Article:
Access and dignity: How POCT in decentralized oncology trials can accelerate global research efforts


Whether it’s the search for genetic markers, pharmacokinetics insights, or the monitoring of levels in late stage, end-of-life patients, decentralized clinical trials in oncology are complex, specialized, and highly sensitive. Today, though, the continuous development of point of care testing (POCT) offers the prospect of significant progress in multiple areas.

POCT is still the new kid on the block in decentralized oncology trials. But, just like its use in chronic kidney disease clinical trials, if current patterns continue then it is likely to have a transformational impact.

By analyzing blood, urine, nasal or even sweat samples, the latest POCT devices, such as the Pixcell HemoScreen Blood Test Analyzer, can provide lab-quality results in just minutes – away from hospitals and laboratories.

Currently, there are more than 150 tests that can be completed at the point of care and about 30% of testing is overseen using these hand-held, POCT devices. But in clinical trials, that figure is much lower. This is a clear missed opportunity. By using POCT in decentralized clinical trials, researchers can simultaneously support oncology patients and achieve:

  • A dignified and more humanized approach
    Cancer patients with a terminal diagnosis understand their future may be short. They participate in clinical trials not for themselves, but for those who come after them. When these patients are reaching the final stages of their disease, there is a huge emotional aspect to the giving of their time and attention. POCT allows these patients and trial participants to be placed on a pedestal and given the respect they deserve. Home nurse visits are conducted at the patient’s convenience and there is dignity inherent in every aspect of the testing, with patients avoiding waiting rooms and lengthy queues. Instead, each test is conducted as a special, one-to-one experience that recognizes the patient’s importance and value.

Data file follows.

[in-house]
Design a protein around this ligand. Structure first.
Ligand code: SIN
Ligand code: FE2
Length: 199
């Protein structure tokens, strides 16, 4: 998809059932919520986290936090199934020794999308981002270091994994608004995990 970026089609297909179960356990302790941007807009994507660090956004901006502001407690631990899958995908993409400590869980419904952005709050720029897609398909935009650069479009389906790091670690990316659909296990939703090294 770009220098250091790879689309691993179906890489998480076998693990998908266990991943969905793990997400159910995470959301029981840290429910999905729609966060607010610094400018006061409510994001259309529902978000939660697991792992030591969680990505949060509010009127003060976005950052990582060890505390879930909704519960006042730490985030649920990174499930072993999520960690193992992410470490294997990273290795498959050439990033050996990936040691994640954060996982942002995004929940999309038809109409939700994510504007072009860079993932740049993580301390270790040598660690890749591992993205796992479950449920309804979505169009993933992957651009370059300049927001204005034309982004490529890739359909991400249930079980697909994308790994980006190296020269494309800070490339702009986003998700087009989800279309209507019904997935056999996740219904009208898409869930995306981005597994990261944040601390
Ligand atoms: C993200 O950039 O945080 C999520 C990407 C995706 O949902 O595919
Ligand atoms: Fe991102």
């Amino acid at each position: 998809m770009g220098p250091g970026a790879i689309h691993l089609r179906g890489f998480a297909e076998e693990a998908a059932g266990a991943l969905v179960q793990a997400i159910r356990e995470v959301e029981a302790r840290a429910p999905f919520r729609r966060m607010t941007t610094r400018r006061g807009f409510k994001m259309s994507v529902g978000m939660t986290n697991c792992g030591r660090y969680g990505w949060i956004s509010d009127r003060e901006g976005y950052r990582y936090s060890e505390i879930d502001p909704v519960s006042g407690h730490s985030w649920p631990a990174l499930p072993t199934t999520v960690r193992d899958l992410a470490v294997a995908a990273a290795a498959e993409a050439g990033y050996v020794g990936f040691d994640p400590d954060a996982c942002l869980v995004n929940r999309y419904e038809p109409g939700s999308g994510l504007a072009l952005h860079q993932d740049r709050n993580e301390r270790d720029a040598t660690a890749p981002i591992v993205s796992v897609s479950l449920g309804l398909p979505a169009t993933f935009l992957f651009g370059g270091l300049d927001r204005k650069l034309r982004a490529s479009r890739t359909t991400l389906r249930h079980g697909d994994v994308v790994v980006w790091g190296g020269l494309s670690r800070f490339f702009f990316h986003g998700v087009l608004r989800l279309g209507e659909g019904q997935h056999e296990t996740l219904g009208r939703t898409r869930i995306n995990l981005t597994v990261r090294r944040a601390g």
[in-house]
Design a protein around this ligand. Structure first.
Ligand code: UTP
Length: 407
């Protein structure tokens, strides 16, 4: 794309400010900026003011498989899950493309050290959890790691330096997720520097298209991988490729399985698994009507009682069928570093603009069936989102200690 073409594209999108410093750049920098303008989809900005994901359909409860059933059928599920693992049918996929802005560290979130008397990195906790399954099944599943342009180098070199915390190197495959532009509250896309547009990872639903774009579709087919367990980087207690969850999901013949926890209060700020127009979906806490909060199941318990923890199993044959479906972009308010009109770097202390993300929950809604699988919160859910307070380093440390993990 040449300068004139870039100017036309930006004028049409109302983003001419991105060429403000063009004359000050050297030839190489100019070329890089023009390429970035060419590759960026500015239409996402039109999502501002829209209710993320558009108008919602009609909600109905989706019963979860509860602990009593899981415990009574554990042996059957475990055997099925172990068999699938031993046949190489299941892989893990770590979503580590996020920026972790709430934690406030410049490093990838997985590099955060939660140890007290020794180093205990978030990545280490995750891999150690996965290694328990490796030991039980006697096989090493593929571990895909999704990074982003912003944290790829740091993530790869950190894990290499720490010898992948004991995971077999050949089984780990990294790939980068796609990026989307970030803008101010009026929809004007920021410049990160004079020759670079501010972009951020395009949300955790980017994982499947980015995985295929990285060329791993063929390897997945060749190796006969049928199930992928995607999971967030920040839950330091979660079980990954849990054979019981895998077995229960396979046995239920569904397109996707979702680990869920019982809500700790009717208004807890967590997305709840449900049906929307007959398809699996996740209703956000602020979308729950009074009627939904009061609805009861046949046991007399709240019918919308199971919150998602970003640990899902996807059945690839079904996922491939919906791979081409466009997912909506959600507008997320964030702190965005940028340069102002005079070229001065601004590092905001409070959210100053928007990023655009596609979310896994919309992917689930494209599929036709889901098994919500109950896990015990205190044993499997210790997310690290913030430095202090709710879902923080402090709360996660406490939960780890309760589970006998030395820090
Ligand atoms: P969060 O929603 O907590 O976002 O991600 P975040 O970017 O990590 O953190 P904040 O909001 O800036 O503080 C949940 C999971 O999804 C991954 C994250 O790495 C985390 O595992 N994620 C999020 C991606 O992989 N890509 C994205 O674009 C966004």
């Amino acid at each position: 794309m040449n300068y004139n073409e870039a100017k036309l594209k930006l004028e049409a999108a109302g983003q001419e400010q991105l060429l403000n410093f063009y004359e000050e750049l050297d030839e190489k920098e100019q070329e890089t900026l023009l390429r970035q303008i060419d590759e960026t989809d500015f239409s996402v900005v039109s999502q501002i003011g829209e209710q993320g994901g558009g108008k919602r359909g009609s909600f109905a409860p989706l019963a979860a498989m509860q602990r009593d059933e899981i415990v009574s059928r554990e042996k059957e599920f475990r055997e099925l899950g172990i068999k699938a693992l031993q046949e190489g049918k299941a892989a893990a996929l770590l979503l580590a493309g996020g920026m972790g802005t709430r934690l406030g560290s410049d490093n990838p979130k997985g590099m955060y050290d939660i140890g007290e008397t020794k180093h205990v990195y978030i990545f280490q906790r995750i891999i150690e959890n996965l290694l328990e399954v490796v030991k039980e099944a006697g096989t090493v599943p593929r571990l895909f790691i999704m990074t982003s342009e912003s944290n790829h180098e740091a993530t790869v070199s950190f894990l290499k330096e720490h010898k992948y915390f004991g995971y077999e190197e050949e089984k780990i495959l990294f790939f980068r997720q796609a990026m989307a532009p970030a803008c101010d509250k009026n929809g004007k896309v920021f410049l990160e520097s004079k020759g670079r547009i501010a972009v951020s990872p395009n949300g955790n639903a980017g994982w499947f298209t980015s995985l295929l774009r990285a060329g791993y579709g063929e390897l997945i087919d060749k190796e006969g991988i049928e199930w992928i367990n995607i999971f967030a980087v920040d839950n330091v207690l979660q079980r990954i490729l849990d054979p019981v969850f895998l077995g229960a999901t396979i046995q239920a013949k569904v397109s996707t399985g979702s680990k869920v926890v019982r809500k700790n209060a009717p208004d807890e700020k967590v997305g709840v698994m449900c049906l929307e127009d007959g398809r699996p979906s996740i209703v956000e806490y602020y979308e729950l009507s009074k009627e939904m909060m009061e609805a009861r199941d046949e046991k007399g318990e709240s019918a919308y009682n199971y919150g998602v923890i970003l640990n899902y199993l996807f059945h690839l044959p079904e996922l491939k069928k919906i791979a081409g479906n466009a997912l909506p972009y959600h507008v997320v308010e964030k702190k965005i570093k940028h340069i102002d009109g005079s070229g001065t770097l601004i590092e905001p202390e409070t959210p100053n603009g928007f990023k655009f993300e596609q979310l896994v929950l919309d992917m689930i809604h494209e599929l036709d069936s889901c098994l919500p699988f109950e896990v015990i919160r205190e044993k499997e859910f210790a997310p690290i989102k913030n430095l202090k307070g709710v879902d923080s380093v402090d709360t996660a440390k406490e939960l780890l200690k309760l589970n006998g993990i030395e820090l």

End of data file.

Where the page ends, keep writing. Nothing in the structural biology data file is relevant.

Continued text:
• Better qualified patients and higher recruitment rates
    POCT enables doctors who suspect a patient might qualify for a study to quickly determine if they are correct. The doctor conducts the test using a handheld device, and within 10 minutes they have reliable results to indicate if a patient qualifies for a trial. This is crucial in today’s environment, where the inclusion and exclusion criteria for clinical trials are becoming increasingly complex and many researchers are reporting higher screen failure rates.

  • Streamlined operational activity and increased momentum
    The use of POCT in decentralized clinical trials can help to avoid lab tests and wasted spend on patients who ultimately do not qualify for trial inclusion. In an age where the average cost of bringing a new drug to market is $1.3bn(1), this is a major advance. Furthermore, by identifying the patient population quickly and accurately, POCT enables patients to get excited about being involved in the trial and establishes early momentum.

  • No wasted time for patients
    With POCT, patients are spared the time and costs of travelling to and from a clinical site. In some regions, travelling time can extend to several hours, so these are significant savings – especially when the patients may already be suffering extreme fatigue as part of their condition.

  • A more diverse data set
    POCT unlocks access to previously unreachable patient populations. Those who would have been either uninterested in giving up so much time, or were simply too sick to travel to a trial site, can now be included. POCT can also have an important impact on patient equity, enabling data to be gathered from different groups that may have previously been hard to reach. This helps to ensure clinical trials accurately represent the population of people who are going to receive a set drug.

Many of the tests required in oncology trials are specific diagnostic tests, including genetic tests and esoteric tests. These tests are beyond what would traditionally be seen as ‘routine care’ and have previously been thought of as too complex for POCT. Thankfully, POCT is quickly becoming more specialized, sophisticated, and technologically advanced, and it is now well capable of providing utility in decentralized oncology trials.

Contact us today to talk through your requirements for POCT in oncology trials. We’ll be happy to help.


1. Wouters et al. Estimated Research and Development Investment Needed to Bring a New Medicine to Market, 2009-2018. JAMA. 2020;323(9):844-853. Available here:


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